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Free Motion Sewing
By slowly maneuvering and manipulating fabric under the machine's needle as each stitch pierces the fabric, a meandering stitched pattern of swirls and spirals, angles and peaks can nearly reproduce laborious hand crafted techniques of the past.
Modern geometric and angular patterns can also be produced by adjusting the even spacing of stitches although the flow of the machine stitching may be challenging as the angles require regular stopping, starting, and some adjusting of the fabric under the machine needle.
An embroidery hoop with an adjustable screw is useful to manipulate the fabric as it moves under the machine stitching. A hoop designed especially for machine embroidery is a plus however a regular hand-held embroidery hoop of wood or plastic can also be used. Usually a 6-inch (15-cm) or 8-inch (20-cm) hoop is used most often. A clear open-toe presser foot is helpful when doing free-motion machine stitching as the creation of the stitch as it enters the fabric is easy to see.
Separate the hoop's two rings by loosening the adjustment screw, place the fabric between the two rings, and then re-tighten the adjustment screw while pulling the excess fabric around the edges until it is smooth and taut in the hoop. Place the hooped fabric, under the machine needle and lower the presser foot lever. The fabric will be flush against the machine bed with the right side fabric area facing up in the hoop. Insert the needle into the fabric and bring up the bobbin thread to the top; holding threads pulled straight to one side, take three or four small stitches to lock the threads in place. Holding the hoop with both hands, begin to sew slowly. If sewing curves, move the hoop very slowly left to right or forward or back without twisting the hoop around in a circle and keep the machine speed even so as not to break the threads or machine needle.
If no embroidery hoop is available, the free-motion stitching can still be created by placing both hands on either side of the fabric, close to the machine needle, and moving the fabric slowly as each stitch is produced.
A fabric stabilizer under the fabric will give some stiffening and support to the fabric. There are many kinds to choose from. Tear-away, water-soluble and heat-away kinds usually are used. Practice is best when using free motion stitching to achieve consistent stitch length.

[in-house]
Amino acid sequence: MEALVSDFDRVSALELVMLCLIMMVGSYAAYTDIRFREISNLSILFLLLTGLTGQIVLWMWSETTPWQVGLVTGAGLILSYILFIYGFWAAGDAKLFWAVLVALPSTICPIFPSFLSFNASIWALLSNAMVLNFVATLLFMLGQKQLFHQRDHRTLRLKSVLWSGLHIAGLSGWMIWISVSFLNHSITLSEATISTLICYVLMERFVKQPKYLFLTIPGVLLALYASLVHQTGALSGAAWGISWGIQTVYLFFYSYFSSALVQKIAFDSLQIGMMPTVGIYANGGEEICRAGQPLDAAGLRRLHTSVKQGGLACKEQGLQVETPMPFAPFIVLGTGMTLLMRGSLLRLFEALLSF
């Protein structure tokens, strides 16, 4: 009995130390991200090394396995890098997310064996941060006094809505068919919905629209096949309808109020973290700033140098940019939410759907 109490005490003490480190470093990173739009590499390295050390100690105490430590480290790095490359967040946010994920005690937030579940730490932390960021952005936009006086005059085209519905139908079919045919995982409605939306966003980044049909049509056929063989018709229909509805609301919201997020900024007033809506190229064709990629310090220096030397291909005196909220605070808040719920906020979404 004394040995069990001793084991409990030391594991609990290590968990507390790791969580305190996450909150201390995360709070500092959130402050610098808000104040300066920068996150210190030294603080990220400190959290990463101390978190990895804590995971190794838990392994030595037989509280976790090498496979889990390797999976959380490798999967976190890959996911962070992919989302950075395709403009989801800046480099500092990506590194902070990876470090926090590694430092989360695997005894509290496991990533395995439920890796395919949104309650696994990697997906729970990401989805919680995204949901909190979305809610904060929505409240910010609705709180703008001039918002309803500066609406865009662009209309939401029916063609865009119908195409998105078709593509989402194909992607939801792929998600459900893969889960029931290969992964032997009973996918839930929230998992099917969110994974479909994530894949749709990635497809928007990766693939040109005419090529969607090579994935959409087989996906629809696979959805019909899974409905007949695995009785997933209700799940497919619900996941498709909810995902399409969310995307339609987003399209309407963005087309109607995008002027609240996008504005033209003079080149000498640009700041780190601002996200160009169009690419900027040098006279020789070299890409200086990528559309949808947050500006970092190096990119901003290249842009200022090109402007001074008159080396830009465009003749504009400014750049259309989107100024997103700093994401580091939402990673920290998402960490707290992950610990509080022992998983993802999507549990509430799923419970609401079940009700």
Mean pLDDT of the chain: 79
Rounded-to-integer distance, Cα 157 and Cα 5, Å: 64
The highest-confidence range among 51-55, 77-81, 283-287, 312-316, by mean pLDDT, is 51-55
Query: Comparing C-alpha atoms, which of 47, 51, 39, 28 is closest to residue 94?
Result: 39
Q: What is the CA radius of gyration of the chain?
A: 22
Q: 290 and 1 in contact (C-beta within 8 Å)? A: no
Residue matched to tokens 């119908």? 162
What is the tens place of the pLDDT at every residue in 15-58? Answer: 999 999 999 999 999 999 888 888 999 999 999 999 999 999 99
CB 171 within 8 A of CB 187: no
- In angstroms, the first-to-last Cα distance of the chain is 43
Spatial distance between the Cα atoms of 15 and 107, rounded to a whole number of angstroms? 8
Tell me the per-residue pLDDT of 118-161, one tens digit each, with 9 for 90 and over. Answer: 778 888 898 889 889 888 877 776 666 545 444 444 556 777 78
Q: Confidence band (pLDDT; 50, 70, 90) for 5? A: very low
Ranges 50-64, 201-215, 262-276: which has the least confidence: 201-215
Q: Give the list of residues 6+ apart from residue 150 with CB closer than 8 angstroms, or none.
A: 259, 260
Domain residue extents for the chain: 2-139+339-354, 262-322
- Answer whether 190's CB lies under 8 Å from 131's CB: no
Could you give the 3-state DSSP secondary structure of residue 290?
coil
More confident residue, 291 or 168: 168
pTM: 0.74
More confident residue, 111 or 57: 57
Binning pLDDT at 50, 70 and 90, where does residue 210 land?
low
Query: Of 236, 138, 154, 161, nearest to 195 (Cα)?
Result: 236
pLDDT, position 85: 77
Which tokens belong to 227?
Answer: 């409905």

The sewing machine should be in good running order, correct thread tension, usually looser tension for the bobbin, remove the presser foot or use a clear open-toe presser foot for your machine and lower the machine’s feed dogs so they do not grab and move the fabric. Setting the machine’s stitch length to zero will often work as well if the feed dogs cannot be lowered or covered.
Try out different stitch lengths and widths or even the machine’s programmed decorative stitches to audition the most pleasing effects. At times a stitch length and width of zero allows the most freedom of movement as the stitches enter the fabric.
To minimize the feeling of drag as you sew, practice keeping the slow speed of the machine in time with the free movement of the fabric for best results. A purchased Teflon-like sheet may be used as well to minimize drag.
Patience and practice helps to achieve the desired look. Sketching on paper a desired pattern ahead of time is also helpful. For inspiration in finding designs and shapes, look to children’s coloring books, whimsical prints in fabric, pictures, or look to nature for designs suggestive of flowers, trees, ferns and grasses, or use any free-form expression to create appealing shapes.
Sew happy, sew inspired.
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